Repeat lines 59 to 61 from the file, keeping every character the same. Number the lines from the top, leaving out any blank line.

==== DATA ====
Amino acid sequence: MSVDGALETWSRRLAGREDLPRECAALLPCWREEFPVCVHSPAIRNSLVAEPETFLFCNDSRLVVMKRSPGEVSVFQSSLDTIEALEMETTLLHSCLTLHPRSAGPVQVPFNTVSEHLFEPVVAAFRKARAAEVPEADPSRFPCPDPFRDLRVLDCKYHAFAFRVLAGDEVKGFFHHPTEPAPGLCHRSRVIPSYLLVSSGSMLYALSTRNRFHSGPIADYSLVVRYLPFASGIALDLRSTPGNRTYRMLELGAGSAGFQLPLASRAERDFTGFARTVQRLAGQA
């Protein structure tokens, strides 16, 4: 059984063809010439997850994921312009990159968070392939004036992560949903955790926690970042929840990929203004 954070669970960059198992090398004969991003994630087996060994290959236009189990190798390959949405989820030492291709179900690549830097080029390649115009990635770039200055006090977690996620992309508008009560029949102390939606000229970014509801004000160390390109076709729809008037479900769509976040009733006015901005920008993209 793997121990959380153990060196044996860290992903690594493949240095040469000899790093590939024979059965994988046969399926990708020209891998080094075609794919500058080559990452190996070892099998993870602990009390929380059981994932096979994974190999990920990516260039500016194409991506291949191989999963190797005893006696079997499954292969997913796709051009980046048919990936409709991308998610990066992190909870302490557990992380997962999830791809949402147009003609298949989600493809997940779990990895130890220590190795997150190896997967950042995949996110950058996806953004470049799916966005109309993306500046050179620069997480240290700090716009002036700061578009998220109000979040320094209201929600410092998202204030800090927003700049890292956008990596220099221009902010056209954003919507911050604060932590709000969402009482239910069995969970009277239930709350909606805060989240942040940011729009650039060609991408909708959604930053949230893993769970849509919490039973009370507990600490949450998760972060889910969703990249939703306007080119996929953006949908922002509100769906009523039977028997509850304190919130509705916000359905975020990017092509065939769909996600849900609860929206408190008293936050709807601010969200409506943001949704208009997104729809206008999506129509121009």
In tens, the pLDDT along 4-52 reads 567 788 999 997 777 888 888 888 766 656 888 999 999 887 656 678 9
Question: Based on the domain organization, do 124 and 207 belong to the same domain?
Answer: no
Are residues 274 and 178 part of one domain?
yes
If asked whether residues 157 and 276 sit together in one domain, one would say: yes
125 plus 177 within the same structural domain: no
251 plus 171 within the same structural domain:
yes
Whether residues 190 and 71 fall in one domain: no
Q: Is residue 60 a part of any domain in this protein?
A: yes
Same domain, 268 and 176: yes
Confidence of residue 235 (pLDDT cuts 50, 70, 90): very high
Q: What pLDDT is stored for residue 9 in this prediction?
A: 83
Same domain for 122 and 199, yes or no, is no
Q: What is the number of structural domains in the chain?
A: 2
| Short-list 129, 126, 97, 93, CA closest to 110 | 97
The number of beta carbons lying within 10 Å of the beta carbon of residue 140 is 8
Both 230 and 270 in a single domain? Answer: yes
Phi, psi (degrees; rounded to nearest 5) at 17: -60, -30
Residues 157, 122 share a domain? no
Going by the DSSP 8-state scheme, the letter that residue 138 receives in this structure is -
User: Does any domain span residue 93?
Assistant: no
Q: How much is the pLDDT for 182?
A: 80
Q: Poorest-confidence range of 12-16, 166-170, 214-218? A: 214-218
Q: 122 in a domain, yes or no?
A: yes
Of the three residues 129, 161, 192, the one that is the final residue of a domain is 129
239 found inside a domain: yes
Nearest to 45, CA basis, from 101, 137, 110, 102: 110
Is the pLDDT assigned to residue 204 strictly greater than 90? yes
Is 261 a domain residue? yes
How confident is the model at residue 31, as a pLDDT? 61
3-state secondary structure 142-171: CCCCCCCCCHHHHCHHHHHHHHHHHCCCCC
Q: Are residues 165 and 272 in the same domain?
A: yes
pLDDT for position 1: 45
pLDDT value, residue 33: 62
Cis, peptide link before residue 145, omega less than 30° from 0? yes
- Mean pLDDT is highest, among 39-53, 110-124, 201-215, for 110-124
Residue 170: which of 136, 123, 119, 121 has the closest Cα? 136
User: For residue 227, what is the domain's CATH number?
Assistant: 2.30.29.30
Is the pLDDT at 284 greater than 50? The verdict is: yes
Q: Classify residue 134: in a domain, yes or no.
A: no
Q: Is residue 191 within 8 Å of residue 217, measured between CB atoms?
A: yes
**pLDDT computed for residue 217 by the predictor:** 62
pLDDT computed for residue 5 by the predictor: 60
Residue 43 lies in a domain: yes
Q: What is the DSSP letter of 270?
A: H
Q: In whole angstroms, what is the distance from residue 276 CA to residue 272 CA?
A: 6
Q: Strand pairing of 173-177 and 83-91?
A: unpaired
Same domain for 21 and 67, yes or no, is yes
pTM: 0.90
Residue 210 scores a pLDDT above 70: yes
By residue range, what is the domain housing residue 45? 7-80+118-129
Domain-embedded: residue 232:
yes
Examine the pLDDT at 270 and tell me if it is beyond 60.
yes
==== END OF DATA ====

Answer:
Q: What is the DSSP letter of 270?
A: H
Q: In whole angstroms, what is the distance from residue 276 CA to residue 272 CA?